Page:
India/Pakistan/Afghans had one of the greatest civilization on earth. The women wore beautiful clothes. now look at them. Women even the Hindu women are draped like a doll. Nothing sexy about them.

I wish the Women of the subcontinent will dress according to the medieval style not Islamic style ninja dresses. You guys have something real to be proud of. Why not copy your ancestors instead of some guy from some desert/island ?

Why follow the style of desert tribes or English Islanders when it is not suitable for the climate ?
 
Aug 2014
1,273
pakistan
#57
Stitched cloths were not available in pre-medieval India. Stitched tunics, robes and trousers were introduced to India during Sultanate period, and continued to gain popularity during Mughal period. People in Hindu kingdoms during medieval period, which were not occupied by Muslims, kept the ancient mode of clothing i.e covering themselves with a single cloth with exposed upper body e.g in Vijaynagra empire.
 

Aupmanyav

Ad Honorem
Jun 2014
5,648
New Delhi, India
#58
You have not worn a men's dhoti (Mundu in South India), but I am sure you are familiar with lungi (Veshti in South India). So comfortable. I would prefer them any day against the dresses from other cultures. As for women, nothing better than a saree. You can do all that you do wearing pant equally well while wearing dhoti or lungi. One does not need much upper wear in most of India other than a kurta and some times not even that, just an angavastram.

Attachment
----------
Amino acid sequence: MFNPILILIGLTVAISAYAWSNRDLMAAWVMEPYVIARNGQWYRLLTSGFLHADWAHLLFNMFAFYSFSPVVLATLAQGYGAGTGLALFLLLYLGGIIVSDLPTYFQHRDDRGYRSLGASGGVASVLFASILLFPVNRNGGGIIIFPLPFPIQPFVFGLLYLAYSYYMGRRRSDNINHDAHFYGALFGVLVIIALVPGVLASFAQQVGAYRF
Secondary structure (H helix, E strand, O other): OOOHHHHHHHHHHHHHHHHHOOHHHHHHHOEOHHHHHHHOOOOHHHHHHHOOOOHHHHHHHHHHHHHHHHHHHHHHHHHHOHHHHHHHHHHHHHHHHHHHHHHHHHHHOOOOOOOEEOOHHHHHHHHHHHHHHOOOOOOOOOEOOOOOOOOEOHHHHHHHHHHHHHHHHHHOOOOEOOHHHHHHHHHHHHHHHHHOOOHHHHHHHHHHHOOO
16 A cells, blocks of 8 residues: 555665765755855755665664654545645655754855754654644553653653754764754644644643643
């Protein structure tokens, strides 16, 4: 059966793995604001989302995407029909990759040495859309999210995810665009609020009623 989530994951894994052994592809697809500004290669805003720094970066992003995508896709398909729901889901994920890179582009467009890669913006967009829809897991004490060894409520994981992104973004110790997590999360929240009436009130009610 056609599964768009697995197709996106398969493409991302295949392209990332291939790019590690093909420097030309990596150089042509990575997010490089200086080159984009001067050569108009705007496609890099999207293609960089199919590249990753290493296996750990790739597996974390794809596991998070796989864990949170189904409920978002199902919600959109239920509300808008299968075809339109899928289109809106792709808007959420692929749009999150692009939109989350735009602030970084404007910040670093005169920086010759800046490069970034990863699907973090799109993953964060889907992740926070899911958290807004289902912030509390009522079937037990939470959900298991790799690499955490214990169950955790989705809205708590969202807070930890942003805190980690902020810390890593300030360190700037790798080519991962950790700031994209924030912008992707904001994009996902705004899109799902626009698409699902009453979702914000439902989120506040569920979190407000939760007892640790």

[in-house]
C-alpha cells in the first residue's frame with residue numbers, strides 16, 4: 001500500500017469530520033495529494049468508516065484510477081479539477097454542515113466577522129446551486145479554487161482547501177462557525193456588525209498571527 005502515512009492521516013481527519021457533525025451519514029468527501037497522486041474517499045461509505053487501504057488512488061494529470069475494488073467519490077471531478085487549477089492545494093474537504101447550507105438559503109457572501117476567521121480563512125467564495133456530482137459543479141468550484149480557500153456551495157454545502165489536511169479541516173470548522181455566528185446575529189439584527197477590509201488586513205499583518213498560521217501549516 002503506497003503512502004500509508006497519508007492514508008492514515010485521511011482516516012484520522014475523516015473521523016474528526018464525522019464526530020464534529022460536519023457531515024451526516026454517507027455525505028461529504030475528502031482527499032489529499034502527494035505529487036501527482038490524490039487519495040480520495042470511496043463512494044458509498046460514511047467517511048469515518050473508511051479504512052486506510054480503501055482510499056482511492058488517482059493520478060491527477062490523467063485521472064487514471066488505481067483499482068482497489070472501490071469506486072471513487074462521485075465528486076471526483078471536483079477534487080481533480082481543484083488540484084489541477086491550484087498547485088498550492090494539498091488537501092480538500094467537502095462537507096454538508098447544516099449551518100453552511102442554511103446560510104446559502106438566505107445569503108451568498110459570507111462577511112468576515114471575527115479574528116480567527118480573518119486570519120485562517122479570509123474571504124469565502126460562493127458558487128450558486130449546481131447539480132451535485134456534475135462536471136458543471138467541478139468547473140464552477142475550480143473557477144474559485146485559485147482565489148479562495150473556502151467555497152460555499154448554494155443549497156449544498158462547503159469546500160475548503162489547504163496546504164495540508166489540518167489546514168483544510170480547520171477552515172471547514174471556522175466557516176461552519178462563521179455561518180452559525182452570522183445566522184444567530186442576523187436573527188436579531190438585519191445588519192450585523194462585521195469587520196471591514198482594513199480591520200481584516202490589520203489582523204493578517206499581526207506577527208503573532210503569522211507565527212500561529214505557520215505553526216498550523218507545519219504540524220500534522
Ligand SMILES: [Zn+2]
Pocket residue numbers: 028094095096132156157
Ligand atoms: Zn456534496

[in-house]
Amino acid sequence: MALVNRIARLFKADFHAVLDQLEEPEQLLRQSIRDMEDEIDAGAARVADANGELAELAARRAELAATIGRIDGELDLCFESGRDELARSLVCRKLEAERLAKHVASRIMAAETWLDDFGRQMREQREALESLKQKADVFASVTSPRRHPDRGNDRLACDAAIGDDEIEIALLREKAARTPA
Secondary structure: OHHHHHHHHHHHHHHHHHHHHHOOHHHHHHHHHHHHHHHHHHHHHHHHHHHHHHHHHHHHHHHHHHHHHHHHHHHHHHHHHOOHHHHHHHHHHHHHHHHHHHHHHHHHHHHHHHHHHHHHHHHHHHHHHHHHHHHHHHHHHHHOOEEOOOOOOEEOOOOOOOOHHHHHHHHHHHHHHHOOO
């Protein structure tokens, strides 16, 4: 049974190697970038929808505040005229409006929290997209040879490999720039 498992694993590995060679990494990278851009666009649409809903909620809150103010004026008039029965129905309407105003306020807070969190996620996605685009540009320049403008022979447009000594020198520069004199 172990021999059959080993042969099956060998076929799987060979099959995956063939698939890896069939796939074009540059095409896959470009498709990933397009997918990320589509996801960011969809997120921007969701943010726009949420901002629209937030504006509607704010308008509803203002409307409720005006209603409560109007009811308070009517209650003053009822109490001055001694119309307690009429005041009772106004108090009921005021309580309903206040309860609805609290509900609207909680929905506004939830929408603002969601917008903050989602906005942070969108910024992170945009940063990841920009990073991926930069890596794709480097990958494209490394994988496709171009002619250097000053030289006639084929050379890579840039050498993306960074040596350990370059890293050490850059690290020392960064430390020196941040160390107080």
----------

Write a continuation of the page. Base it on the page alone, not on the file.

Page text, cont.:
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Feb 2011
1,018
#59
I think you are exaggerating the PRC ethnic classification's prevalence in the grass root level of society and also underestimates it's flexibility. The concept of "Han Chinese" itself is very restricted to the intellectual circle.The average Chinese with no intellectual interest have very little identification with the term and simply treats all ethnic groups of China as one race
I would tend to disagree. While "nationalities" as they exist in China today are a relatively recent construct, they also are a very pervasive one - appearing in identity cards, media reports, and perhaps most relevant to the future, commonly on the Chinese internet. Even a cursory search of websites like Baidu Baikie and Tieba can tell you that. The majority group of a country is always relatively less aware of its own identity than minorities, but the presence of minorities inevitably reinforce the majority's own sense of identity, over time. Unless China moves to eliminate ethnic differences altogether, I doubt identity politics will decrease or disappear from Chinese society.